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Update: South African Partnership
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CandleAn enduring symbol of Duke Divinity School’s partnership with John Wesley College and the Methodist Church of Southern Africa is a tall white candle wrapped in black barbed wire.

Made by unemployed residents of the impoverished Ivory Park settlement outside Johannesburg, each candle includes the name of the craftsperson who made it and a message about the ministry, which is part of The Nehemiah Project: Helping People Help Themselves. Each candle “celebrates the truth that the light of Christ shines through the darkness, pain and violence in the world.”

These candles are used in daily worship at Duke Divinity School, by spiritual formation groups for all first-year students, and by the Methodist Church of Southern Africa, including seminary students and staff at John Wesley College.

The Rev. Simanga Kumalo, former pastor of Ivory Park Methodist Church outside Johannesburg, South Africa, preaches in York Chapel.
Photo By: Reed Criswell


 The Rev. Simanga Kumalo, former pastor of Ivory Park Methodist Church outside Johannesburg, South Africa, preaches in York Chapel.

The Rev. Simanga Kumalo, who founded the candle ministry while pastor of Ivory Park Methodist Church, was an exchange student at Duke Divinity School last semester. Kumalo shared stories about the challenges of The Nehemiah Project, a joint venture between Ivory Park and Calvary Methodist Church, which is in a nearby predominately white middle-class suburb. Kumalo and Calvary’s pastor, the Rev. Alan Storey, exchanged both pulpits and parishioners in an innovative attempt to model racial reconciliation in post-apartheid Johannesburg. Kumalo is now a doctoral student in Christian education at the University of Natal.

In other developments:

  • Lisa Yebuah, Shannon Spencer, Karen Owens and Matthew Hunter worked last summer in field education placements in South Africa, each in a different ministry and region of the country. The placements were arranged by Peter Storey, Williams professor of the practice of Christian ministry.

    Professor Richard Hays teaching at John Wesley College


     Professor Richard Hays teaching at John Wesley College

    “These students will never be the same,” said Storey. “And that is exactly why we bring them here – where we have had to discover more deeply how the Gospel can be good news to the poor.” Since 2000, 10 students have completed their field placements in South Africa.

  • The Rev. Tiffney Marley, director of the Office of Black Church Studies, visited the students and colleagues at John Wesley College and the Methodist Church of Southern Africa. With the Rev. Fr. Emmanuel Katongole, associate research professor of theology and World Christianity, she explored new partnership possibilities in Uganda.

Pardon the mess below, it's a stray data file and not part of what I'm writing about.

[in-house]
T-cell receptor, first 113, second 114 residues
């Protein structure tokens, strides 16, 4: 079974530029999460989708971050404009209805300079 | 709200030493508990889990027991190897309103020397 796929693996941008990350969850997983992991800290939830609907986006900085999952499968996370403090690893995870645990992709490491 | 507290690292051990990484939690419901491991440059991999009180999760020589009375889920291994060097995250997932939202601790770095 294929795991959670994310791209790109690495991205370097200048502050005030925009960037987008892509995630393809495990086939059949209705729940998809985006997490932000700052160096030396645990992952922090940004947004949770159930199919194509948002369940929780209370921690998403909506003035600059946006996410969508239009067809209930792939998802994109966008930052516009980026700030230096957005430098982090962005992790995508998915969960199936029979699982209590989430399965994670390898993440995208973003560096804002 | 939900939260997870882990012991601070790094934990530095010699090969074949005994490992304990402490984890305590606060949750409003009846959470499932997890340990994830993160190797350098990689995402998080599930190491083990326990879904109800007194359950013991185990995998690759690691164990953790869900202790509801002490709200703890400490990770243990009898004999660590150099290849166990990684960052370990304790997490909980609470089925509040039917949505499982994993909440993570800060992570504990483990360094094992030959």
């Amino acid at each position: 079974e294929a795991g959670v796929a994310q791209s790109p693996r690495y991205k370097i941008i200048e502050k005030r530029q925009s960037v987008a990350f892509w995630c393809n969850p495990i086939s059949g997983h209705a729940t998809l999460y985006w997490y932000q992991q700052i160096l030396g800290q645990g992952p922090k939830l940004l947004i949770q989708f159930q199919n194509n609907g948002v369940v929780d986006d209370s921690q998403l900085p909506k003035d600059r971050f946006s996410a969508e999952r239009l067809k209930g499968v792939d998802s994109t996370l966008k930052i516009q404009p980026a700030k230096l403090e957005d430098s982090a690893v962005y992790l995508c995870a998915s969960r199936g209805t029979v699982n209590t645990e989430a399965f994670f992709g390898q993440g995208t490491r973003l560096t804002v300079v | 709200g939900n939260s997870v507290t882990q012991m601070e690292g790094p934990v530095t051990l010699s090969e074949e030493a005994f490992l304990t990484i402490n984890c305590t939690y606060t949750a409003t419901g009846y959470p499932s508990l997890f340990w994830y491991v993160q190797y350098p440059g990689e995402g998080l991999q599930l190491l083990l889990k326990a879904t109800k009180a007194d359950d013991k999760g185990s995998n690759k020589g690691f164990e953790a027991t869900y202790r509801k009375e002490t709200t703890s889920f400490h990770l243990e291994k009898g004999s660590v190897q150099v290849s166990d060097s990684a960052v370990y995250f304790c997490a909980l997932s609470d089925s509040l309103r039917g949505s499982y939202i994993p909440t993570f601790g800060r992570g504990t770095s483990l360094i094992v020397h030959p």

Shannon Spencer, Karen Owens, Matthew Hunter and Lisa Yebuah worked last summer in South Africa.


 Shannon Spencer, Karen Owens, Matthew Hunter and Lisa Yebuah worked last summer in South Africa.

  • Richard Hays, George Washington Ivey professor of New Testament, taught at John Wesley last summer. Student responses to his lectures on the Gospel of Mark and I Corinthians were fascinating, said Hays. “When I lectured on the resurrection of the dead in I Corinthians, the conversation immediately turned to the question of how Paul’s focus on resurrection of the body was related to the pervasive African belief that their deceased ancestors remain present to the living community.”
  • Bishop Ivan Abrahams visited the Triangle as a part of the Southern Africa Center for Leadership and Public Values. This brief visit allowed for a continued conversation with Dean Greg Jones regarding ways to strengthen the partnership. Bishop Abrahams succeeded Mvume Dandala, who is now the General Secretary of the All Africa Council of Churches (AACC).

“Each year of the partnership we are making better connections,” said Marley. Through visits from South African scholars and pastors, both the divinity school community and the Methodist Church of Southern Africa have benefited tremendously, she added.

“I sat in on Richard Hays’ lectures at John Wesley and the students’ enthusiasm and engagement with him was amazing. This partnership is a radical thing—an opportunity for listening and story telling that can lead to racial reconciliation. Hopefully we are transformed by those stories.”

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DIVINITY Online Edition :: Winter 2004 Volume 3 Number 2 Duke Divinity School